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Monday, August 15, 2011
Hawaii residents work 216 days to pay full cost of government
By Americans for Tax Reform @ 12:51 PM :: 7751 Views :: Energy, Environment, National News, Ethics

From Americans for Tax Reform

Every year, Americans for Tax Reform Foundation publishes its Cost of Government Day report, which calculates the day on the calendar year until which the average American must work to pay for the full costs of government spending and regulation. The study is available online at “Highlights” of the report are as follows:

  • Overall government burden: This year, Cost of Government Day falls on August 12, meaning Americans labor a full 224 days into the year to pay for local, state and federal government spending and regulations.
  • Impact of Obama overspending: Americans have lost 29 days of the calendar year thanks to Obama’s overspending and regulatory zeal. 2011 marks the third straight year COGD has fallen in August. Prior to the Obama Administration, COGD had never fallen later than July 21.
  • Stimulus, bailouts, and federal spending: The effects of the bailouts and failed “stimulus” plan are still being felt by Americans, who must work a full 103 days to pay for the costs of federal spending.
  • State and local government spending: Americans spend 44 days working to pay off state and local government spending.
  • Regulatory burden of Obamacare and Dodd-Frank: Americans are forced to labor 77 days to pay for total federal regulations, a workload that will increase exponentially with the implementation of the Dodd-Frank financial regulatory bill and Patient Protection and Affordable Care Act, known more popularly as Obamacare.
  • Cost of Government Day in the fifty states: The report also measures varying government burdens in each state to calculate their respective state Cost of Government Day. As in past years, taxpayers in Connecticut must work the latest to celebrate their COGD, laboring all the way until September 10 to pay off the full costs of government. Taxpayers in Mississippi worked the shortest amount of time to pay off their burden off government, laboring until July 19.
  • Case Studies: The report also details the impact on COGD of many factors in the growing cost of government. Case studies in the report discuss: The Dodd-Frank financial regulatory overhaul which will severely increase the number of days Americans must work to pay off the regulatory burden; Obamacare, which will fail to rein in health care costs and continue to increase federal spending; The EPA, which has pursued an aggressive regulatory agenda that will further stall economic recovery.

State-by-State Breakdown

The calculation of the Cost of Government Day for each state is based on the varying government burdens suffered in each state. Federal tax and spending burdens are large contributing factors. These federal burdens vary because relatively higher burdens are borne by states with relatively higher incomes. State and local tax and spending burdens vary as well.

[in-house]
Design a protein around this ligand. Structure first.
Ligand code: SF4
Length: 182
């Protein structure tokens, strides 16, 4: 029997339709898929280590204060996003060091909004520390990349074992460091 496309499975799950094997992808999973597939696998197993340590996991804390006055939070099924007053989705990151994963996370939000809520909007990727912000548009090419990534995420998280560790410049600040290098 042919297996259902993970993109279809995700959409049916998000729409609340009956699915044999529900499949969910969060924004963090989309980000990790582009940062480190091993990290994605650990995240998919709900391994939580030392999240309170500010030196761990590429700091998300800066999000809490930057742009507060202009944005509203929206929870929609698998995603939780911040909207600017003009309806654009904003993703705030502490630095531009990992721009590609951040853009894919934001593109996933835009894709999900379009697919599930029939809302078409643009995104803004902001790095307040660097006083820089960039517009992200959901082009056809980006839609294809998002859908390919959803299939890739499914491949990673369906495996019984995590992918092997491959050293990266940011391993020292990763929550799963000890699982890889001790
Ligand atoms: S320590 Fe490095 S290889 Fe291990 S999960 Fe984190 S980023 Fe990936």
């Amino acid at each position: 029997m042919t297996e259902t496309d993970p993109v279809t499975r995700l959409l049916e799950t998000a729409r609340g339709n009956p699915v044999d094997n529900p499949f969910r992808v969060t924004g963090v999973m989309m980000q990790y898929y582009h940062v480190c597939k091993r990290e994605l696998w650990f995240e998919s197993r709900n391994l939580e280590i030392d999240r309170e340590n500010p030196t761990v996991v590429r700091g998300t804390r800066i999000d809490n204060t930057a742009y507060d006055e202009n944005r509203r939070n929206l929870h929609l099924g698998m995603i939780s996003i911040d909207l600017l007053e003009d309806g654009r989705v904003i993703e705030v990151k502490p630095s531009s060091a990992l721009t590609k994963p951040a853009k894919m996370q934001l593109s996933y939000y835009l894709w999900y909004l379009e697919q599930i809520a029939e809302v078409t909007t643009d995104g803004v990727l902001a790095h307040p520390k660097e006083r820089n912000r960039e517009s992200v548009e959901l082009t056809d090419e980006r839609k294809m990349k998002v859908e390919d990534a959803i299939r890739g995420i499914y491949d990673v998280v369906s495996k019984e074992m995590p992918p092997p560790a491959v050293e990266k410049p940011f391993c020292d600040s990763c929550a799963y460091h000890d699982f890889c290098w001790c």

As in previous years, the latest Cost of Government Day is in Connecticut, with the average worker toiling all the way until September 10 (twenty nine days past the national average) to pay off all the costs of government. The dubious honor of second place is held by New Jersey, with COGD falling on September 6. New York follows right behind on August 30, with Maryland maintaining fourth place for the second year in a row at August 20.

Mississippi 3 1 200 19-Jul
Tennessee 6 2 201 20-Jul
Louisiana 10 3 204 23-Jul
New Mexico 6 4 207 26-Jul
South Dakota 4 4 207 26-Jul
West Virginia 6 4 207 26-Jul
Alabama 8 8 210 29-Jul
Arizona 14 8 210 29-Jul
Kentucky 10 8 210 29-Jul
Nevada 8 8 210 29-Jul
Oklahoma 21 8 210 29-Jul
Alaska 1 13 211 30-Jul
Arkansas 10 13 211 30-Jul
Georgia 27 13 211 30-Jul
Idaho 27 13 211 30-Jul
Maine 14 17 213 1-Aug
Missouri 14 17 213 1-Aug
Indiana 21 19 214 2-Aug
Montana 18 19 214 2-Aug
Hawaii 32 21 216 4-Aug
Iowa 14 21 216 4-Aug
North Carolina 24 21 216 4-Aug
Ohio 27 21 216 4-Aug
Michigan 27 25 217 5-Aug
Texas 18 25 217 5-Aug
Colorado 33 27 219 7-Aug
Oregon 27 27 219 7-Aug
New Hampshire 21 29 220 8-Aug
Delaware 33 30 221 9-Aug
Kansas 24 30 221 9-Aug
Utah 35 30 221 9-Aug
Vermont 40 30 221 9-Aug
Florida 18 34 223 11-Aug
North Dakota 10 34 223 11-Aug
National Average - - 224 12-Aug
Nebraska 24 36 224 12-Aug
Virginia 40 36 224 12-Aug
Rhode Island 38 38 226 14-Aug
Wyoming 35 38 226 14-Aug
Massachusetts 44 40 227 15-Aug
Pennsylvania 40 40 227 15-Aug
Illinois 35 42 229 17-Aug
California 44 43 230 18-Aug
Minnesota 40 43 230 18-Aug
Washington 46 43 230 18-Aug
Wisconsin 38 43 230 18-Aug
District of Columbia - - 230 18-Aug
Maryland 47 47 232 20-Aug
New York 48 48 242 30-Aug
New Jersey 49 49 249 6-Sep
Connecticut 50 50 253 10-Sep

In addition to showing state rankings for COGD in 2011, the largest changes in cost of government days and overall ranking since 2010 are highlighted.

  Top 5 2011 Increases COGD by Rank   5 Largest COGD Increases Relative to National Average
North Dakota 24 Alaska 11
Florida 16 North Dakota 8
Alaska 12 Florida 7
Nebraska 12 Louisiana 6
New Hampshire 8 Nebraska 5


  Top 5 2011 Decreases COGD by Rank   5 Largest COGD Decreases Relative to National Average
Georgia -14 Georgia -10
Idaho -14 Idaho -10
Oklahoma -13 South Carolina -10
Hawaii -11 Tennessee -10
Vermont -10 Oklahoma/Vermont -8



Hawaii 2011 Cost of Government Day: August 4, 2011

Hawaii residents have to work 216 days to pay the full cost of government


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